But I would like to suggest that the preacher is as loving as the pastor, and my hope is that this will encourage you to study. What is the most important thing you can do? What are the most significant obstacles that need to be overcome in people’s lives? I submit that regardless of the size of a church, the mission of the pastor-preacher is to “proclaim the excellencies of him who called you out of darkness into his marvelous light” (1 Pet. 2:9). Nothing is as important as that. Not the territorial thinking in the missions committee, not the latest disagreements among parishioners, and not the latest board controversy.

 

Some of these may be (or may not be) important, but when the music has led people to take their eyes off themselves and train on God, when the responsive reading has drawn people into dialogue, when the announcements have reminded people that they are family, and when you stand before your people to preach, there is nothing more important than what you did in the quiet of your study. All of the preparation, from the first day in Greek class to your rehearsing the sermon to an empty room Saturday morning, all your hard work comes to the forefront, and with confidence and humility you stand before the expectant people and proclaim the glory of God. At that moment, you aren’t the church’s plumber. You aren’t the person who has to go to the store to buy more paper for the copier. You are the herald of the king, proclaiming clearly and truthfully the wonders of God. If you have done your work, and if God’s Spirit is so inclined to move, your words will encourage the downtrodden and chasten the sinners. If you are faithful to your king’s decree, you will love your people the most important way, because there is nothing more important than the clear, powerful, rooted-in-truth, Spirit-inspired proclamation of a vision of the glory of God. Nothing. Preachers love their people every bit as much as do pastors. Their love is just shown differently, but it is just as real and just as powerful.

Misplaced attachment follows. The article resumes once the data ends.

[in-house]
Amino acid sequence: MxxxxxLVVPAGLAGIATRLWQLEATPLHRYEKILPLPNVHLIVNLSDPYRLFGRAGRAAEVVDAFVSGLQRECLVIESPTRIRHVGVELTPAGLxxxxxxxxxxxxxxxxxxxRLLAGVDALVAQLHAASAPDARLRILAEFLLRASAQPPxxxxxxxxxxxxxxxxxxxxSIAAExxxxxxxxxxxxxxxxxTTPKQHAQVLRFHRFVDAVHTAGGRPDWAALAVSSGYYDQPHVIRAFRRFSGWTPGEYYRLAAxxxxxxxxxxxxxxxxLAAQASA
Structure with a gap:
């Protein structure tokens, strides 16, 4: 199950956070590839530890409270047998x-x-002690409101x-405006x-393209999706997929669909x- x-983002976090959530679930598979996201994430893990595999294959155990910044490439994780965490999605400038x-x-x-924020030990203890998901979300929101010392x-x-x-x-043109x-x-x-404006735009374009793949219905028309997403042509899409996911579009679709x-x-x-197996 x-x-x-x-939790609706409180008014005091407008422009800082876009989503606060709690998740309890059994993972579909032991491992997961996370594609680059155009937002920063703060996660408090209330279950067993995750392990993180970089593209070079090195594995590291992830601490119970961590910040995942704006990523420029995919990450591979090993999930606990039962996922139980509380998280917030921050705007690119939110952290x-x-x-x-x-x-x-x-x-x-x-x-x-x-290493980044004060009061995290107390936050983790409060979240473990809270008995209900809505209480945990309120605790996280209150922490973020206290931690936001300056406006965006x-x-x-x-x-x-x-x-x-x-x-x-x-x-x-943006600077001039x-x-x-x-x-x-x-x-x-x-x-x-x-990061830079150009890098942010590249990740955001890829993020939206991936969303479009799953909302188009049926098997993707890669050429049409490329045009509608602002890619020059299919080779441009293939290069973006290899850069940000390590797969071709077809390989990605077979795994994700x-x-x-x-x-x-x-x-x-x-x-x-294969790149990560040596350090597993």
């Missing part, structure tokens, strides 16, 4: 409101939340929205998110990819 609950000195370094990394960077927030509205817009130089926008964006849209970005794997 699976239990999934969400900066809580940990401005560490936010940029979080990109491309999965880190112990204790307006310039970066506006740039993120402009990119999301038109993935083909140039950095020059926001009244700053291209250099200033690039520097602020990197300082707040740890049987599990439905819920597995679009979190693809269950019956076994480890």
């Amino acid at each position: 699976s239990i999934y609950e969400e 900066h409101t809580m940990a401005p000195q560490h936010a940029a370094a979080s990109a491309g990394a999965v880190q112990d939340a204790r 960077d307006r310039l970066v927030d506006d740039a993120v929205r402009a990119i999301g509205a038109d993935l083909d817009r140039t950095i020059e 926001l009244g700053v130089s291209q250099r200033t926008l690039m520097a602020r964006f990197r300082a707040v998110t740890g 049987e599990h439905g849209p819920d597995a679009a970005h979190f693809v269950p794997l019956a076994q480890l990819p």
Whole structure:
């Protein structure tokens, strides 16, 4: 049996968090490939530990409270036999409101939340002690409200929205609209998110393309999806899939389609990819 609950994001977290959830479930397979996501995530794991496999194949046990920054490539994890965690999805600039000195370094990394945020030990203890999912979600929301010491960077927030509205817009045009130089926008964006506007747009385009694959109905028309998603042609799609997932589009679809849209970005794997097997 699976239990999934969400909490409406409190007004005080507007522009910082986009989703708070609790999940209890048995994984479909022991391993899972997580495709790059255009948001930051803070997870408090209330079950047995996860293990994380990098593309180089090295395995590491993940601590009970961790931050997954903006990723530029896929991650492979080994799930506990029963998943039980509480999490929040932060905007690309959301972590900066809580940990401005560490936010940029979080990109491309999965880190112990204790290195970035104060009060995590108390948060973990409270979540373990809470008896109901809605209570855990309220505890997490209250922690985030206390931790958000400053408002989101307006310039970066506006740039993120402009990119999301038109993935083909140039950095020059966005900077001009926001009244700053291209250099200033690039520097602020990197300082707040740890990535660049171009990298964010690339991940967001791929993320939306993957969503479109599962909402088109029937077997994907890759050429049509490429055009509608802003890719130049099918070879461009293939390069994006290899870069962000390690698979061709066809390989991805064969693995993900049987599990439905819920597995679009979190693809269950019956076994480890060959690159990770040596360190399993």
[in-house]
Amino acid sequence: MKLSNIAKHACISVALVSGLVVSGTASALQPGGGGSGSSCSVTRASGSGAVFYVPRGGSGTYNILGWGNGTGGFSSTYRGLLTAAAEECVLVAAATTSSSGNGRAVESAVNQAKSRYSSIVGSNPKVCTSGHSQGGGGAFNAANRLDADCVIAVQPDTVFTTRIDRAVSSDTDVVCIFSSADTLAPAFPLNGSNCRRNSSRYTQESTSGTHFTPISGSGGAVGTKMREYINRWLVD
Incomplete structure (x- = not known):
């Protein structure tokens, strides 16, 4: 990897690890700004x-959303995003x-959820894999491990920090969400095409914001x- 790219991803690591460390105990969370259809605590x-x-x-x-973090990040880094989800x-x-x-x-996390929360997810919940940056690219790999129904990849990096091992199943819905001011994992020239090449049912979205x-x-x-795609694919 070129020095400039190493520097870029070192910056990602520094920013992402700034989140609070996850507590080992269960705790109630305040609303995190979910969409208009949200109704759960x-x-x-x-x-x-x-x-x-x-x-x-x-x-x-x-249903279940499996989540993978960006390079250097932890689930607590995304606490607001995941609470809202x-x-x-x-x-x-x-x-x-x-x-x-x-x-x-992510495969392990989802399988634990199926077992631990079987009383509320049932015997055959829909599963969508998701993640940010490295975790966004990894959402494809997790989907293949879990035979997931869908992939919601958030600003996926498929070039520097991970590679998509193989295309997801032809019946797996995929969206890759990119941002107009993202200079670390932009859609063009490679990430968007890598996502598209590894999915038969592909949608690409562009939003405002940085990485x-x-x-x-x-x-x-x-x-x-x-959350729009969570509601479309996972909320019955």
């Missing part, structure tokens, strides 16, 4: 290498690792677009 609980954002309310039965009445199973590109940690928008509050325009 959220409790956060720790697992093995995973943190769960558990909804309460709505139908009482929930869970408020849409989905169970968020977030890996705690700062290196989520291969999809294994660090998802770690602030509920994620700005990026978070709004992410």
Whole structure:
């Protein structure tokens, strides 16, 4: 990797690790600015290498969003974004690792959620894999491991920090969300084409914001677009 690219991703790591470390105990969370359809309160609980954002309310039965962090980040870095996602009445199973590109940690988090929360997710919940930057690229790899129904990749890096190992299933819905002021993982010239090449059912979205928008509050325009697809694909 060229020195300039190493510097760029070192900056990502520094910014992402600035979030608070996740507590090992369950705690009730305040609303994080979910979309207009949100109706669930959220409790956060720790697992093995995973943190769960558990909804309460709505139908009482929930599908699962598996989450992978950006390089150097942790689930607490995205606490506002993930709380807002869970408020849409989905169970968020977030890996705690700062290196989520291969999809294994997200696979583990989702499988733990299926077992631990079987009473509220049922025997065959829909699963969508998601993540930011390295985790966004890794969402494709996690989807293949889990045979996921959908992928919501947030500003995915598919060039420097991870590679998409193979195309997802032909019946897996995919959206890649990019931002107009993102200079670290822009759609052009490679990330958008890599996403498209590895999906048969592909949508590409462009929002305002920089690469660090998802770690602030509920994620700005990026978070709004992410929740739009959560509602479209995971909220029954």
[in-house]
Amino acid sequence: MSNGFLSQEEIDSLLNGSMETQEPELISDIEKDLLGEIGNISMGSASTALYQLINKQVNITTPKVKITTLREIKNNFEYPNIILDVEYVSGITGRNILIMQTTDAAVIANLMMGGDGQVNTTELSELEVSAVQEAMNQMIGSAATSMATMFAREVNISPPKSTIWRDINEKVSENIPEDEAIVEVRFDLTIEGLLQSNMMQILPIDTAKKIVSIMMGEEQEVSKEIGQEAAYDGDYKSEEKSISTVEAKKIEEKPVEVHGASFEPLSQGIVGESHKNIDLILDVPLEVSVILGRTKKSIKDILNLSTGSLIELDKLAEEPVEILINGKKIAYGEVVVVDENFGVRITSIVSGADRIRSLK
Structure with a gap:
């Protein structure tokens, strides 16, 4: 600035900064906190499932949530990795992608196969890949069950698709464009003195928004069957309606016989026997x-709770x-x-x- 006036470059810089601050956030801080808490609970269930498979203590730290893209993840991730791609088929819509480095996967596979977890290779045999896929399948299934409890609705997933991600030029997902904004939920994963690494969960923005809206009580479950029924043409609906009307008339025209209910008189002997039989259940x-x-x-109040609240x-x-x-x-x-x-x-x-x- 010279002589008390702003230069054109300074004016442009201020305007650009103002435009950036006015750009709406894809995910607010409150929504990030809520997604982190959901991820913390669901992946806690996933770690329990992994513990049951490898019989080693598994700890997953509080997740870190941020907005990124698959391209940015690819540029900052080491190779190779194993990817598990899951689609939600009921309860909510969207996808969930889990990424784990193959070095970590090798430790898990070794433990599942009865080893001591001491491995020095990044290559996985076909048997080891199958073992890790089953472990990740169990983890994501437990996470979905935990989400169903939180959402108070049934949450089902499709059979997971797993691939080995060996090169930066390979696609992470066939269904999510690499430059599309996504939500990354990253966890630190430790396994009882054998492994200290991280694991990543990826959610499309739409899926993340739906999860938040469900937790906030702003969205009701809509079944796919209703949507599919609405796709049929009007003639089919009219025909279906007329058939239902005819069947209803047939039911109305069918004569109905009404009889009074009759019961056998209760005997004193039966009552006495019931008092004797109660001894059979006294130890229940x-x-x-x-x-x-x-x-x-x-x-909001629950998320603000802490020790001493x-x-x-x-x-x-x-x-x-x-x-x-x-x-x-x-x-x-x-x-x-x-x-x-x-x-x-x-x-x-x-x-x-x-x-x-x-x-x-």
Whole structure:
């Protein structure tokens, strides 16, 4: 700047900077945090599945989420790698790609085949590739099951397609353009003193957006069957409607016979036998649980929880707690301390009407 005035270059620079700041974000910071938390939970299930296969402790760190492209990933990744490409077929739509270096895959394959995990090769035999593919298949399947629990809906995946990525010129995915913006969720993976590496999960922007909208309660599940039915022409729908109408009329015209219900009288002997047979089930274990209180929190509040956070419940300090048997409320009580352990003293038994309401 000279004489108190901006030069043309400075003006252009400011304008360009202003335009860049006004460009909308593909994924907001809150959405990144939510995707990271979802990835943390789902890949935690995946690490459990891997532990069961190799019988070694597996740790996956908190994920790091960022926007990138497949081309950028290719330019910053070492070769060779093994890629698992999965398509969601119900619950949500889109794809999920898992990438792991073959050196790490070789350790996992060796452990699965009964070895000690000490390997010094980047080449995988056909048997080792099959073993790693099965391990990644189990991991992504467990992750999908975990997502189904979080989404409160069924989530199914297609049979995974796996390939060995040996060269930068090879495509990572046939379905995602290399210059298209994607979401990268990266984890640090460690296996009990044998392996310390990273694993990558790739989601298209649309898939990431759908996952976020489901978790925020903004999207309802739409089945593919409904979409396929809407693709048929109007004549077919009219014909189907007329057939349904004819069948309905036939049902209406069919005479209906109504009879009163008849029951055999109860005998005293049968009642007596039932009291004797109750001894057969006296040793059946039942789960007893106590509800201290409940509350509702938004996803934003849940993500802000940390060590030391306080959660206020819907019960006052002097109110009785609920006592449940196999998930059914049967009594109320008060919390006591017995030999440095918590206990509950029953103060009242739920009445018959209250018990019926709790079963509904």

Have you thought about this before? Do you prefer one type over the other? Or would you like both to be available in your church?

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Daniel Goepfrich

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7 thoughts on “Pastor or preacher?

  1. I totally see how it happens, being in the back end of the church. However, I think as you grow you have to utilize the gifts that your people have, some have a shepherding gift and some have a teaching gift..some -many- have both. I think when we have folks working outside their true gifts, it can be frustrating for all. so I do feel the church needs both, but it doesn’t have to be the same person, depending on the size of the church, there may be a need for many pastors and teachers, I think that when folks are in a postion that fits them, everyone wins, and I don’t think it has anything to do with how much one loves the church or not, both do, both have to love the people and have a heart to see them grow in their faith, and in their relationships with God and people.